A gang of criminals also known as ‘albino hunters’ have instilled fear in the minds of the residents of Malawi, especially the people living with albinism. They raid the streets of Malawi armed with machetes, knives and axes abducting and often killing albinos both in broad daylight and in the dead of night.
A 9-year-old boy living with albinism in Malawi’s eastern district Machinga is the latest victim of the brutal attacks perpetrated by the albino hunters. His mother Edna Cedrick tried effortlessly to rescue her son from the clutches of the evil two attackers who eventually abducted him last Friday.
A Machinga district police officer, Isaac Ndala, confirmed that the young albino was abducted while the boy’s mother sustained injuries during the struggle with the two attackers. The mother had to take on the attackers alone as her husband was out on a fishing errand at the nearby Lake Chilwa.
The boy is still missing without any trace.
The rampant abduction and brutal murders of people living with albinism led to the branding of albinos an ‘endangered specie’ by police authorities.
Police statistics show that bout 50 criminal offences have been committed against albinos without counting the unreported cases.
“The latest statistics we have are of last year, 2015,” police spokesperson Nicholas Gondwa said.
“Over 30 criminal cases were reported that included killings, abductions, and being found with bones of persons with albinism. Just imagine, there are even some daredevils who go to cemeteries to dig graves where people with albinism were buried. All that is done in the name of hunting for the body parts or bones of albinos,” he said.
According to police statistics in January this year, not less than 11 people with albinism were killed while at least 34 others were attacked and some escape with body mutilations.
Apart from violence, police say these albino hunters use all sorts of tricks to hunt for albino body parts in Malawi, including the use of parents and relatives to catch their prey.
The police used a 53-year-old woman with albinism, Eunice Phiri, who was found dead in Kasungu National Park in January as an example.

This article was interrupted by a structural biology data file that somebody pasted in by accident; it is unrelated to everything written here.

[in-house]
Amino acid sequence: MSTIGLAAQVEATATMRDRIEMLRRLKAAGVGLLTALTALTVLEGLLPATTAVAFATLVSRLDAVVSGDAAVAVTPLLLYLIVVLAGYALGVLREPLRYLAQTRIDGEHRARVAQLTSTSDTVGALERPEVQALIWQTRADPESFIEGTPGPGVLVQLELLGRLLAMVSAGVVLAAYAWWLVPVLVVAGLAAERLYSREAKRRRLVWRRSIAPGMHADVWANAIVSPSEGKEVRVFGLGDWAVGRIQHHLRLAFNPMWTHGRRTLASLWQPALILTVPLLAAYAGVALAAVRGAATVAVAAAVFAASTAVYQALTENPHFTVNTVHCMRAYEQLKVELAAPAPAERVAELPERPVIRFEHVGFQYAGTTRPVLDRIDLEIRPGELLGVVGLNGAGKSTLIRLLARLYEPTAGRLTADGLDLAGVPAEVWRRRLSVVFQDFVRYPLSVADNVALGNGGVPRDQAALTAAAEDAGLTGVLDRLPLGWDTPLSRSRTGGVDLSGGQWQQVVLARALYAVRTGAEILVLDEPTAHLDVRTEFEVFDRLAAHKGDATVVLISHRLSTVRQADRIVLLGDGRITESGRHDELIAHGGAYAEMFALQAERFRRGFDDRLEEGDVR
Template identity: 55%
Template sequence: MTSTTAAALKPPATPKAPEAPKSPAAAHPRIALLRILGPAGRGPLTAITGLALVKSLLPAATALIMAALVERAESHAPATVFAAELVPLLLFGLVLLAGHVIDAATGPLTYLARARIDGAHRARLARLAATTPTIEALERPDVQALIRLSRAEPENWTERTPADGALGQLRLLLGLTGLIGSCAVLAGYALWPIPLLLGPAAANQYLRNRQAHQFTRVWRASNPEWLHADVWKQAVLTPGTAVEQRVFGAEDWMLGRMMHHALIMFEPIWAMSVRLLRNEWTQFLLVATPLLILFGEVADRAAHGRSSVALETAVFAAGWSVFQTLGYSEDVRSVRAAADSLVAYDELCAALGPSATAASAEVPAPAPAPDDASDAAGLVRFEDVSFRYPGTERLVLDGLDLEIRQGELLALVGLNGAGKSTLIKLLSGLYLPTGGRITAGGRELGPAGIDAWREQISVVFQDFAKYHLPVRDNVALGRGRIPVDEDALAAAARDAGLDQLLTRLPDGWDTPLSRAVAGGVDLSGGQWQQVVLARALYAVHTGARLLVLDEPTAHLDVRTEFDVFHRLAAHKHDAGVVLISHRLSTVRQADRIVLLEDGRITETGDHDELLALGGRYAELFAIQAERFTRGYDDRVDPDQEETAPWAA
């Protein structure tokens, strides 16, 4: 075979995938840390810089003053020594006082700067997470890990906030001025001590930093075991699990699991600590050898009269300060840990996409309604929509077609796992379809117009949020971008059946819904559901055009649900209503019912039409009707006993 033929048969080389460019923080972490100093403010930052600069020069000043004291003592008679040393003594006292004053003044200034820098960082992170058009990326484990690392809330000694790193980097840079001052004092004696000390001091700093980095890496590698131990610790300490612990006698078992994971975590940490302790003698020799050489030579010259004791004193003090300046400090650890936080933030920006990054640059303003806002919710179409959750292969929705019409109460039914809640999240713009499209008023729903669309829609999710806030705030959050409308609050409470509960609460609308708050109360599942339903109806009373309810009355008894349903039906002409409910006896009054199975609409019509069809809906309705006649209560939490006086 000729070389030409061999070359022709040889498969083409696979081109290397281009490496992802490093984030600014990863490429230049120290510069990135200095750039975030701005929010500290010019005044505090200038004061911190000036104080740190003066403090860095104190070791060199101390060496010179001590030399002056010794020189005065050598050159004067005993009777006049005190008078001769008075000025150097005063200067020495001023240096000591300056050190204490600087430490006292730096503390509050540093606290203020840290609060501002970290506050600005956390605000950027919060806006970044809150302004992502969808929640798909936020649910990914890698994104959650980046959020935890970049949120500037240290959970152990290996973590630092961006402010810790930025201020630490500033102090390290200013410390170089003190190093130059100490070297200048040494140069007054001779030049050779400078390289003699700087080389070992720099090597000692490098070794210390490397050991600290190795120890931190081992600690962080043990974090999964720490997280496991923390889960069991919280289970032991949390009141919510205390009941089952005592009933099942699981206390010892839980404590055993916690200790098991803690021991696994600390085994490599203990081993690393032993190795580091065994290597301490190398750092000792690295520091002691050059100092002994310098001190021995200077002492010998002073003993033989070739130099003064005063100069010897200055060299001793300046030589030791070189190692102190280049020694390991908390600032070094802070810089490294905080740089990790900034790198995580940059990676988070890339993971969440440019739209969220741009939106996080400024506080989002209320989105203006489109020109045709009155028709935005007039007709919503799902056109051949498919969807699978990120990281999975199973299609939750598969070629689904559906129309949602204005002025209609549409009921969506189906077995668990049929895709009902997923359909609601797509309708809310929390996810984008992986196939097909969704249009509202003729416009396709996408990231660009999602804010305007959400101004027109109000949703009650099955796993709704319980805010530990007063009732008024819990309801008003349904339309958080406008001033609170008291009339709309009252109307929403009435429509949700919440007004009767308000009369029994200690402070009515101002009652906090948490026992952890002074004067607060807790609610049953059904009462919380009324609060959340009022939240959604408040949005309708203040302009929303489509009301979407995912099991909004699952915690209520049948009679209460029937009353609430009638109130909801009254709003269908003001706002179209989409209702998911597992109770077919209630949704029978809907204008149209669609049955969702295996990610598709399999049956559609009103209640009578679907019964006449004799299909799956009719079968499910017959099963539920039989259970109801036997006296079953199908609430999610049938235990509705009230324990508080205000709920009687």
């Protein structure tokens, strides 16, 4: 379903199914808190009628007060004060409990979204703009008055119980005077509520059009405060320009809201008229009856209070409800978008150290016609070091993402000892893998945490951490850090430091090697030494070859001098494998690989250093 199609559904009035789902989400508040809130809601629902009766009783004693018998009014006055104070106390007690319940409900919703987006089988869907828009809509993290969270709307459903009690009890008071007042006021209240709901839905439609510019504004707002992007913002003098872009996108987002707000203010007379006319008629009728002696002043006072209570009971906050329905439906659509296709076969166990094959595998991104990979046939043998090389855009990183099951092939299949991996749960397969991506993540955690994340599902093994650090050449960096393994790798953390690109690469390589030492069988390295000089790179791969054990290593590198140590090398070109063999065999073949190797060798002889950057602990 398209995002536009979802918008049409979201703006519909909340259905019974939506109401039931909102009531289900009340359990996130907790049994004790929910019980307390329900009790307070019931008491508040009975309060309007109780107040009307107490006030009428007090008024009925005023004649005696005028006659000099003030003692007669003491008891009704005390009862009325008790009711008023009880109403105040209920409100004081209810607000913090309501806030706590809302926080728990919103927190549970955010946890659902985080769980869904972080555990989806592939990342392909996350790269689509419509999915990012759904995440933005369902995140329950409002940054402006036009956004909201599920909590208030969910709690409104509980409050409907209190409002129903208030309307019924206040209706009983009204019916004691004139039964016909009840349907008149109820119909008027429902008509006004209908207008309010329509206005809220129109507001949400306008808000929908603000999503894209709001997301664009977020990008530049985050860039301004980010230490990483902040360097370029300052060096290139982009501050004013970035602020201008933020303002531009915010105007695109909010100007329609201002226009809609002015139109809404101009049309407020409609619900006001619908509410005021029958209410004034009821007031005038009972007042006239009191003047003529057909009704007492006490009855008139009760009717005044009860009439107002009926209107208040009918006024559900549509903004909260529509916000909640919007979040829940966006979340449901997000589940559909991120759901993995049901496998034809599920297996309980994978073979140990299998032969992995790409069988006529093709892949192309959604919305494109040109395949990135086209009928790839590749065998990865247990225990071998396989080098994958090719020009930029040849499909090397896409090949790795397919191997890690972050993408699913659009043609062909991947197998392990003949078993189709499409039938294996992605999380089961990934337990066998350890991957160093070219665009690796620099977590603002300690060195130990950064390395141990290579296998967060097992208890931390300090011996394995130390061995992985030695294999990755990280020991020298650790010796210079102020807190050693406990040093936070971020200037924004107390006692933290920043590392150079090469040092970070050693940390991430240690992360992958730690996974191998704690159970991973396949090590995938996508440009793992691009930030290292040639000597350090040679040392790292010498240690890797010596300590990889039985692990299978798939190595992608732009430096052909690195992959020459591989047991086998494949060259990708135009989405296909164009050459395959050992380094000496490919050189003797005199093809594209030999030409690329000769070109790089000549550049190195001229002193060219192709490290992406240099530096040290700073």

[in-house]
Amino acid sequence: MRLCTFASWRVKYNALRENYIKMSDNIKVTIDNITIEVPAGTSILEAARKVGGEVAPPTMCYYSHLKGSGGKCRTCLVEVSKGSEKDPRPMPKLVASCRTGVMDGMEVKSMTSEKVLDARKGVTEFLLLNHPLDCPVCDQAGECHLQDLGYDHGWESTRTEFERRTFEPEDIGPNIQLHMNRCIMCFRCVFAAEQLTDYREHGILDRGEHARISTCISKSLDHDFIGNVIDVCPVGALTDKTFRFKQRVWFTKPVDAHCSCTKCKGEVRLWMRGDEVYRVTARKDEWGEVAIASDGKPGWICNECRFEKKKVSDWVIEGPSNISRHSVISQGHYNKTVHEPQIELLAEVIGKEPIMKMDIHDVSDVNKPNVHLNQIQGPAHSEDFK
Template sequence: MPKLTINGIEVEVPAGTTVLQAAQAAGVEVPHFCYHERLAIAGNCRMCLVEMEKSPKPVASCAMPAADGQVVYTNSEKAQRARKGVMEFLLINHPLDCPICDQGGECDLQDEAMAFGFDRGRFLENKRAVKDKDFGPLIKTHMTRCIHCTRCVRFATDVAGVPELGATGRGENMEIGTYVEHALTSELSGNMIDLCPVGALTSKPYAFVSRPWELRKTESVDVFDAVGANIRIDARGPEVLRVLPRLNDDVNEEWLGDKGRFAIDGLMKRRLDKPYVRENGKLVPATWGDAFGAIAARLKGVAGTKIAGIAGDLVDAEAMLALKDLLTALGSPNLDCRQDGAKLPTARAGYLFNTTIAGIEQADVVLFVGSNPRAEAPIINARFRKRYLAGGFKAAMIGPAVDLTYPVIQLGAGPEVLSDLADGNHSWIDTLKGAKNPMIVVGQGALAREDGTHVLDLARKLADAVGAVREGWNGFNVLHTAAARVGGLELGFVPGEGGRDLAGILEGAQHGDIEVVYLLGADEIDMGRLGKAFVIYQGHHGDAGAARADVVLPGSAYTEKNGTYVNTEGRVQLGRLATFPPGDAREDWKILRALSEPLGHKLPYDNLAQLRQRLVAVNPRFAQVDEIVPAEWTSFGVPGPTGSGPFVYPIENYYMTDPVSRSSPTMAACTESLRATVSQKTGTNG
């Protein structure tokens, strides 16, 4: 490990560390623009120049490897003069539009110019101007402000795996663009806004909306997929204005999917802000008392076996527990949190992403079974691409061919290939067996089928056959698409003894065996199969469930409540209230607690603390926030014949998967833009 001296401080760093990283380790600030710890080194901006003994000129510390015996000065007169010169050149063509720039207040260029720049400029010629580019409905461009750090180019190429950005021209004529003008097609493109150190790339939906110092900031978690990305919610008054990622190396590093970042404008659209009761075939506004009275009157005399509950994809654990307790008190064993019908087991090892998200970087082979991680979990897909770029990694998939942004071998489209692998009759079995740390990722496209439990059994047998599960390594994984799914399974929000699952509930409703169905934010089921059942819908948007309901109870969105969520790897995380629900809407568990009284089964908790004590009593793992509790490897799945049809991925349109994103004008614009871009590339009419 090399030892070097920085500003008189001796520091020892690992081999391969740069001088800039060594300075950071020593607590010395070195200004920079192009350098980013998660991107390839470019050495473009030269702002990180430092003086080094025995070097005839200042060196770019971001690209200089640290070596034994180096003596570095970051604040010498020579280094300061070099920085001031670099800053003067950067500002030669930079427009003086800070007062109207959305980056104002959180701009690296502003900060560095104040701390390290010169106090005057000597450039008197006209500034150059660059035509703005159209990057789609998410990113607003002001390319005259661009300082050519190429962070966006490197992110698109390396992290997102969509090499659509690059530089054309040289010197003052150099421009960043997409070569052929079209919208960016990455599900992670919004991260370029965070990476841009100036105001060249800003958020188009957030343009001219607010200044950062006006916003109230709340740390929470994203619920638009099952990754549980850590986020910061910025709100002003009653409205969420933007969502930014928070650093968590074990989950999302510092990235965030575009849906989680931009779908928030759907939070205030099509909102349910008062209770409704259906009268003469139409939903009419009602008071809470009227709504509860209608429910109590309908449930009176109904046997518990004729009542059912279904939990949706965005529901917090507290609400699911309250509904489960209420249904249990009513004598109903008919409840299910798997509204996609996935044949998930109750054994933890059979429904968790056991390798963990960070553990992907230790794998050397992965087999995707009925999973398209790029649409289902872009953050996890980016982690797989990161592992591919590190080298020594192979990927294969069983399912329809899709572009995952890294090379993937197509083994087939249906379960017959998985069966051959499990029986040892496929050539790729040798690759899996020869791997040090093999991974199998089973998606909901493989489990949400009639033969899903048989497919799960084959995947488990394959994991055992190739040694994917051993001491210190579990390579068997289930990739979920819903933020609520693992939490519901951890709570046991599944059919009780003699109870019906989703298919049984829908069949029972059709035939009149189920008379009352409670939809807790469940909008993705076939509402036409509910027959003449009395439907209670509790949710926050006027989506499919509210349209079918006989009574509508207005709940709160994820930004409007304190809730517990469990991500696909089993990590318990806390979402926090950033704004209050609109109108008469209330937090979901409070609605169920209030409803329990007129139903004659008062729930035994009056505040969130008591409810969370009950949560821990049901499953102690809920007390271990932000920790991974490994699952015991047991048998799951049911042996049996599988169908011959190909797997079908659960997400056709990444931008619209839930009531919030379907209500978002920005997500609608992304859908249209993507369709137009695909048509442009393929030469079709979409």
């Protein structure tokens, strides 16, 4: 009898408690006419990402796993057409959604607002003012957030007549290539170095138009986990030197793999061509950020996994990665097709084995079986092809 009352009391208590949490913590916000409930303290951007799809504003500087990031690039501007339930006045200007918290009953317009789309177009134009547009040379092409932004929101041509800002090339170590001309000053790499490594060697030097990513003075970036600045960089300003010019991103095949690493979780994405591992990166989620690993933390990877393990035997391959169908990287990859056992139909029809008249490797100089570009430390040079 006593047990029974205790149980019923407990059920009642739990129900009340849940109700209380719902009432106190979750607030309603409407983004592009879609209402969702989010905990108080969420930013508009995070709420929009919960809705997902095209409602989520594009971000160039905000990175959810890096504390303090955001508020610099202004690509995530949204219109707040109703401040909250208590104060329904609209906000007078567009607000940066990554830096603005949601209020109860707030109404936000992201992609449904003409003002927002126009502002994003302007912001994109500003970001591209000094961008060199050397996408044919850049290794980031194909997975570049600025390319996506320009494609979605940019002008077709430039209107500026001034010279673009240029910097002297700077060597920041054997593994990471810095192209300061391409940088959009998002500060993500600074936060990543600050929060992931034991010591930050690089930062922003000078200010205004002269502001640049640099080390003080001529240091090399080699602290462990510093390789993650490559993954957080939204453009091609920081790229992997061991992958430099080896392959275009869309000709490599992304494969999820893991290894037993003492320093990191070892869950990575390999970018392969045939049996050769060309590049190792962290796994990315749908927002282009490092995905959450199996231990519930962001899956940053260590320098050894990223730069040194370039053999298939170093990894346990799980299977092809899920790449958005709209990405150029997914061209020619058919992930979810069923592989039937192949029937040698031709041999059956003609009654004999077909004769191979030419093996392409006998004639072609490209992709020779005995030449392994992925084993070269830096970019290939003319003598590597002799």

Reports say that Phiri was lured by three men, her brother inclusive, into accompanying them on a trip to the neighbouring Zambia. She was killed en route to Zambia and her body dismembered. Her brother allegedly received his own share of the money that was gotten from selling her body parts for the part he paid in luring her.
Police also arrested a man, Collin Zulu in central Malawi’s district of Dedza who abducted and wante to sell his own son to albino hunters.
The chapter of Association of Persons with Albinism in Malawi (Apam) executive director Boniface Massa said the police was right to say that the official figures of albinos killed or abducted is an underestimate.
“Some victims are abducted or even killed without trace. Some of those who are abducted have never been seen again. Some such incidents are never reported to police,” he said.
Massah placed the blame on witch doctors who convince these get-rich-quick people creating the impression that the body parts of albinos constitute potent charms and may even cure HIV and AIDS!
“There are all sorts of baseless misconceptions. They include the wrong belief that having sex with an albino will cure HIV and Aids. Some are hoodwinked into believing that our body parts can make one get rich quickly, either by using parts such as eyes to be visionary and forward-looking. Those are empty lies,” he said.
This unfortunate turn out of events prompted the Malawian Police chief Lexen Kachama to issue orders to his officers to “shoot-to-kill those caught in the act of abducting or killing albinos” in order to curtail the horror engulfing the citizens.
“We first heard of such horrible stories of albino abductions and killings in neighbouring Tanzania. The problem has now spilled to Malawi and hence it is important to fight against this criminality aggressively and professionally,” said Kachama.
He extended the task to the general public to help the police to put an end to this horror.
“But we need members of the public to support us. The kidnappers live with us in our communities so if we join hands, we can end these horrible attacks and murders,” said Kachama.
Meanwhile, it is not surprising to hear that some members of the community have resorted to taking the laws into their hands because they could no longer tolerate the slow pace of justice.
Police confirmed the scorching to death of seven alleged members of an albino hunters gang who were caught in possession of human parts including bones in southern Malawi’s border district of Nsanje.